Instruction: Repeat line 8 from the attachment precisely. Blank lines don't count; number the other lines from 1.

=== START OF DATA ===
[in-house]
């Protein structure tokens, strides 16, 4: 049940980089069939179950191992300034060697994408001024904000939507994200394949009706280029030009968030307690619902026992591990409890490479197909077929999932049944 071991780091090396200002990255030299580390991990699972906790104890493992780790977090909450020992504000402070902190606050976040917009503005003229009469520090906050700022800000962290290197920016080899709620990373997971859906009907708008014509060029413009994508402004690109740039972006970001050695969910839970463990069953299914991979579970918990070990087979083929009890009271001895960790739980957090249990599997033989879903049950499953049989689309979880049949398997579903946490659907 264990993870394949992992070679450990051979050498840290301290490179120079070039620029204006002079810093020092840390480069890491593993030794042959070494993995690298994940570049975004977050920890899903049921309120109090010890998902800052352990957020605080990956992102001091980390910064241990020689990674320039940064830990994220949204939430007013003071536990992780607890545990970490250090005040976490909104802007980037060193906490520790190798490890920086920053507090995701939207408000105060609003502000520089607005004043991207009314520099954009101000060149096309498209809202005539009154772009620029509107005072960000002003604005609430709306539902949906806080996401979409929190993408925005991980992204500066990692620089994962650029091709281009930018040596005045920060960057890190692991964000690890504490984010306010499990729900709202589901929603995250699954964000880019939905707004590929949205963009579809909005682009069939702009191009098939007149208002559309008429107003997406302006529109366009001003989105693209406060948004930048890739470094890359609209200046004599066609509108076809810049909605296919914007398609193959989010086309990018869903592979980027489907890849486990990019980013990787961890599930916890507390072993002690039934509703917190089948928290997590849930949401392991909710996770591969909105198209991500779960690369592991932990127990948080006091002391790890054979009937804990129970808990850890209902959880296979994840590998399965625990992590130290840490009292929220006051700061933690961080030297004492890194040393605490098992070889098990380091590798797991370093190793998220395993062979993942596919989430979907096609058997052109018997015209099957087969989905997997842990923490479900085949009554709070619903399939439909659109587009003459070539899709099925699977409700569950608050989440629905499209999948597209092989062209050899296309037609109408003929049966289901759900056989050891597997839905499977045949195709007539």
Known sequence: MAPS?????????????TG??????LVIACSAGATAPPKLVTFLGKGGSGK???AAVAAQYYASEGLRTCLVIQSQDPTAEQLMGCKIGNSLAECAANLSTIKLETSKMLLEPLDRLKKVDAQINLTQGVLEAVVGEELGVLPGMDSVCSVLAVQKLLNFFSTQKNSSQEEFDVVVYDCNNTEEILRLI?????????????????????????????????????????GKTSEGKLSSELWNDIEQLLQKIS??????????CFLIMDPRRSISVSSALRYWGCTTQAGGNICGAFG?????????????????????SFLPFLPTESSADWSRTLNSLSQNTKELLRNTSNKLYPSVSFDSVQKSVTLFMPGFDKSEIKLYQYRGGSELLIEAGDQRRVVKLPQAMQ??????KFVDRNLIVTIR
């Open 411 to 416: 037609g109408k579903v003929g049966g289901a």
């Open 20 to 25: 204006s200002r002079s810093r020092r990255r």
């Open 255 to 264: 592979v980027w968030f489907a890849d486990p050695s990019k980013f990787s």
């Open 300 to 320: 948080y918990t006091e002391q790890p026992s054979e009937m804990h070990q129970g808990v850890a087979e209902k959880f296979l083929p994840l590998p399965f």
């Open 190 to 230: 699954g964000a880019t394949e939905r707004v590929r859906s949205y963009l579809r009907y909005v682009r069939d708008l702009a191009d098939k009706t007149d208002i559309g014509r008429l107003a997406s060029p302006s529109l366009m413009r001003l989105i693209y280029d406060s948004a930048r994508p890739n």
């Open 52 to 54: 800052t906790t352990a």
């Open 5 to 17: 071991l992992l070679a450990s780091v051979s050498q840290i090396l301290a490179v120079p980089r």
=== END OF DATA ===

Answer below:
């Open 190 to 230: 699954g964000a880019t394949e939905r707004v590929r859906s949205y963009l579809r009907y909005v682009r069939d708008l702009a191009d098939k009706t007149d208002i559309g014509r008429l107003a997406s060029p302006s529109l366009m413009r001003l989105i693209y280029d406060s948004a930048r994508p890739n």